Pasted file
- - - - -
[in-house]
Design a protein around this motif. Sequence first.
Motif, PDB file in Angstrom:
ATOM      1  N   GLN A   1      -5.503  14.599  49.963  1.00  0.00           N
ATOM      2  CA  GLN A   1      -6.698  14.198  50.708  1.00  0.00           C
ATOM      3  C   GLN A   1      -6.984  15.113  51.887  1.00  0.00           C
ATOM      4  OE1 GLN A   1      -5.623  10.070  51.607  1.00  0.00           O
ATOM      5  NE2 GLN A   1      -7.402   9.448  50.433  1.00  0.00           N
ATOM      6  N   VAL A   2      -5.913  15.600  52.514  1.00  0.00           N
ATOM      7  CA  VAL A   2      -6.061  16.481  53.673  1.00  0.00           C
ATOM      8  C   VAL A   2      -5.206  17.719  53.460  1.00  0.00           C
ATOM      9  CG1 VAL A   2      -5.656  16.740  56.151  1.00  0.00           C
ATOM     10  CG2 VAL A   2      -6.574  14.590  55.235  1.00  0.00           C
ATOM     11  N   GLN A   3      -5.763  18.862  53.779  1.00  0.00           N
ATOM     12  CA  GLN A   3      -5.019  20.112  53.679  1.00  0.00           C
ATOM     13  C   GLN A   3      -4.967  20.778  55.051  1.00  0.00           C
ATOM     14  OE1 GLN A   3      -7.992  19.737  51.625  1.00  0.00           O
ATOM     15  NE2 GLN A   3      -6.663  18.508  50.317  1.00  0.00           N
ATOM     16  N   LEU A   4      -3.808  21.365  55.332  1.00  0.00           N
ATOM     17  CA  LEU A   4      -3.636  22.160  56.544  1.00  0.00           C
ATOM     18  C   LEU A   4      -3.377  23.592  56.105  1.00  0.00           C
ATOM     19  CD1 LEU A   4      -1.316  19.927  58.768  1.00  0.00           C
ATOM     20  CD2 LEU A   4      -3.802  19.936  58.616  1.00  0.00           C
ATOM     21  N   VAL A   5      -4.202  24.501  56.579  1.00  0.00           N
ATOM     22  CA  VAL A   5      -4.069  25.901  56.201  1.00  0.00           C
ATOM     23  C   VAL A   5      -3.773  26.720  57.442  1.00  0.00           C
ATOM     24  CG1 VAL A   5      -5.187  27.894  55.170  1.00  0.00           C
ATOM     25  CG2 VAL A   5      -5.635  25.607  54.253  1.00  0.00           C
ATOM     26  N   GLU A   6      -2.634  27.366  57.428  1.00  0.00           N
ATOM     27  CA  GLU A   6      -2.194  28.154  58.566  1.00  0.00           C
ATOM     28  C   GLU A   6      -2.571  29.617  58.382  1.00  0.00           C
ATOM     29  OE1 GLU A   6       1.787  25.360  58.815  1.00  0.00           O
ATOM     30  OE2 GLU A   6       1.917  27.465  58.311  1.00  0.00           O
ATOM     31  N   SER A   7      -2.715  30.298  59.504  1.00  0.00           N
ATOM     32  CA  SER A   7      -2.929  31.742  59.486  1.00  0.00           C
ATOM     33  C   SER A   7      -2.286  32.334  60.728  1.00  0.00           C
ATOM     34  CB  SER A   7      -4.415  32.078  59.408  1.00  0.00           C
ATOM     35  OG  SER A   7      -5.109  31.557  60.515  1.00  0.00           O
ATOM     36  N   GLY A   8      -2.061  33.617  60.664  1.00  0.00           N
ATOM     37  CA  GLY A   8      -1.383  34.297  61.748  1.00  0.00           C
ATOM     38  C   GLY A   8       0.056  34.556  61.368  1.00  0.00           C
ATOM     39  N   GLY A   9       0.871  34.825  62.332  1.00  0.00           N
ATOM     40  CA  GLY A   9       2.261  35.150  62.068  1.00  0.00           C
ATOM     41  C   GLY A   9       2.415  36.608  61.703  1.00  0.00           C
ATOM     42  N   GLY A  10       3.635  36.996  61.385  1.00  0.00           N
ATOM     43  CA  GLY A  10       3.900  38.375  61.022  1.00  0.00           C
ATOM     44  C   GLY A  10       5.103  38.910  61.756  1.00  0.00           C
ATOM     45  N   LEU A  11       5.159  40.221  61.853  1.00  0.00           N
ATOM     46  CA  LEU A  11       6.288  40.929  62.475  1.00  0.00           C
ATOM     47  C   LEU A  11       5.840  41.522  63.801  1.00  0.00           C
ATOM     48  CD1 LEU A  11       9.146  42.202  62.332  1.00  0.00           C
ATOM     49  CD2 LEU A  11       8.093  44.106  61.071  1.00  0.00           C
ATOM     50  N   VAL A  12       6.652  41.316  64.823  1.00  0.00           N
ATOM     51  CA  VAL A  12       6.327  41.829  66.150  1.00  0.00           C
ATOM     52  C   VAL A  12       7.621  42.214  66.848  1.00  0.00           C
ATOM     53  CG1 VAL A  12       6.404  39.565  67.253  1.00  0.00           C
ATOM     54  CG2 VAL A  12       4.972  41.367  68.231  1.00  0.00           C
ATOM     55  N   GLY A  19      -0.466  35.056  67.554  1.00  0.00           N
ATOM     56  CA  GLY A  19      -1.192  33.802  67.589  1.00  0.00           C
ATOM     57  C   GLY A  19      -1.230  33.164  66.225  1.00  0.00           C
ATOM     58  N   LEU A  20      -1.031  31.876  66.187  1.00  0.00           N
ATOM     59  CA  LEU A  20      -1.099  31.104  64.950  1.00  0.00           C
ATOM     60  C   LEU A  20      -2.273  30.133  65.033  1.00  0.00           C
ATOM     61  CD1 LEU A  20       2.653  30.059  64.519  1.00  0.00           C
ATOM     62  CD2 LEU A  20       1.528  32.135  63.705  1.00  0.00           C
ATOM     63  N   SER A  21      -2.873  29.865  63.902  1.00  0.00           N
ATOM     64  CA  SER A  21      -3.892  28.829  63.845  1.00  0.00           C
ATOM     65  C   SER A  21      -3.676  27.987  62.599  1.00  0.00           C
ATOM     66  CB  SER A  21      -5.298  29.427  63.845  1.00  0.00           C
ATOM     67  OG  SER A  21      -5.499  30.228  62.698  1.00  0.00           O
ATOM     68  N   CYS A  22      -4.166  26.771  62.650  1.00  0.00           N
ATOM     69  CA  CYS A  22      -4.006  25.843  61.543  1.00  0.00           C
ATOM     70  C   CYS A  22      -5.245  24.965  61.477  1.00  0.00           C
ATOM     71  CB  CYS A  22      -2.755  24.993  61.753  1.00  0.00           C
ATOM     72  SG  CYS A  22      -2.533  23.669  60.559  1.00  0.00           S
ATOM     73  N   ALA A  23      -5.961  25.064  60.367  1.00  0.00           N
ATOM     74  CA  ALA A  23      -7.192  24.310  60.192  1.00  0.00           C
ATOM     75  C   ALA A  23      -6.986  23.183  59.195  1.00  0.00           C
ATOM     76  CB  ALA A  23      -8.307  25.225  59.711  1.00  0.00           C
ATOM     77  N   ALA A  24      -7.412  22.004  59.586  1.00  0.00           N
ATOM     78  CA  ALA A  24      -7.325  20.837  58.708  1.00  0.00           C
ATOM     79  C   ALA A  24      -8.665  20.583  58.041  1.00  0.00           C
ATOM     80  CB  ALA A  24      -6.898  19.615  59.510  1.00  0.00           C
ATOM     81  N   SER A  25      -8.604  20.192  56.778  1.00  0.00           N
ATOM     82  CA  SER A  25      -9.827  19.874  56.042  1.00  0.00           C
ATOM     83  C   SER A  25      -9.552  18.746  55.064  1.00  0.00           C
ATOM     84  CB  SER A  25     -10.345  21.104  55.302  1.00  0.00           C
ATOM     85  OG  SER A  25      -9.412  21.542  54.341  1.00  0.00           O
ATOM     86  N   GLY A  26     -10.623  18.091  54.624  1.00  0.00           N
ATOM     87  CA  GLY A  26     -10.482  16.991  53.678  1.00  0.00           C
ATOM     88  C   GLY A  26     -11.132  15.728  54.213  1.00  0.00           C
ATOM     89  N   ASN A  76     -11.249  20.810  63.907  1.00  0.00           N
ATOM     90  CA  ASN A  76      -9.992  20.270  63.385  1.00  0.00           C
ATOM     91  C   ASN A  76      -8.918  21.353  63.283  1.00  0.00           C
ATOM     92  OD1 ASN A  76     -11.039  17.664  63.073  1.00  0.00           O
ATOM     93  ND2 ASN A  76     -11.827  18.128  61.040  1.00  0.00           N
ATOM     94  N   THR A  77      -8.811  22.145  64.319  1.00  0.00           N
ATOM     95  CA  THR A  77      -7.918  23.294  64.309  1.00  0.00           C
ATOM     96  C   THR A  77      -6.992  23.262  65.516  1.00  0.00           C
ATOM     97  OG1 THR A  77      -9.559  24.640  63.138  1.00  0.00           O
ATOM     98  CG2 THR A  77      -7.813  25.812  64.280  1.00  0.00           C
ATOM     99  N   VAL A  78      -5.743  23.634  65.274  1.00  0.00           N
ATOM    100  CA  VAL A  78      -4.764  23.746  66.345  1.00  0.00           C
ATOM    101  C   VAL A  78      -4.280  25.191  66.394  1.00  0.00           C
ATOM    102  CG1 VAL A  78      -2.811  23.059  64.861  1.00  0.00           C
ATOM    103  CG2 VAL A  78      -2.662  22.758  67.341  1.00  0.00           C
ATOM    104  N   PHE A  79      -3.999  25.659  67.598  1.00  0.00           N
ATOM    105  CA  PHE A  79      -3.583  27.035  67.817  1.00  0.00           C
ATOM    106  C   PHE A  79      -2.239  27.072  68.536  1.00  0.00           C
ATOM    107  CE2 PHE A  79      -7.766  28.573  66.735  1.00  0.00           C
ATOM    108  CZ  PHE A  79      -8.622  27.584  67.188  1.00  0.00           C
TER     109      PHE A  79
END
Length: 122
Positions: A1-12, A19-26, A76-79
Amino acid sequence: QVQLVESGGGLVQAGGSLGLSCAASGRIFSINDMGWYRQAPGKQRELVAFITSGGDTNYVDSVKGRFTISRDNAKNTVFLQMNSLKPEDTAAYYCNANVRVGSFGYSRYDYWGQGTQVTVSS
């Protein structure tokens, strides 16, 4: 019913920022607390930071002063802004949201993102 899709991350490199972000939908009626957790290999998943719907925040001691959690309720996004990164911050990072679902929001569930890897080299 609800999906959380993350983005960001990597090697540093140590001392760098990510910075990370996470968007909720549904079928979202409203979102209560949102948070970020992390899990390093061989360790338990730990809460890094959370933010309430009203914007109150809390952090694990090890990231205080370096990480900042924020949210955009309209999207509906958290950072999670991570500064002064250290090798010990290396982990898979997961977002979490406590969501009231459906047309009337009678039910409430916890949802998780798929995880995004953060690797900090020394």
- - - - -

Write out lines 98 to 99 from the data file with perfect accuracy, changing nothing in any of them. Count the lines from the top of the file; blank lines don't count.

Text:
ATOM     95  CA  THR A  77      -7.918  23.294  64.309  1.00  0.00           C
ATOM     96  C   THR A  77      -6.992  23.262  65.516  1.00  0.00           C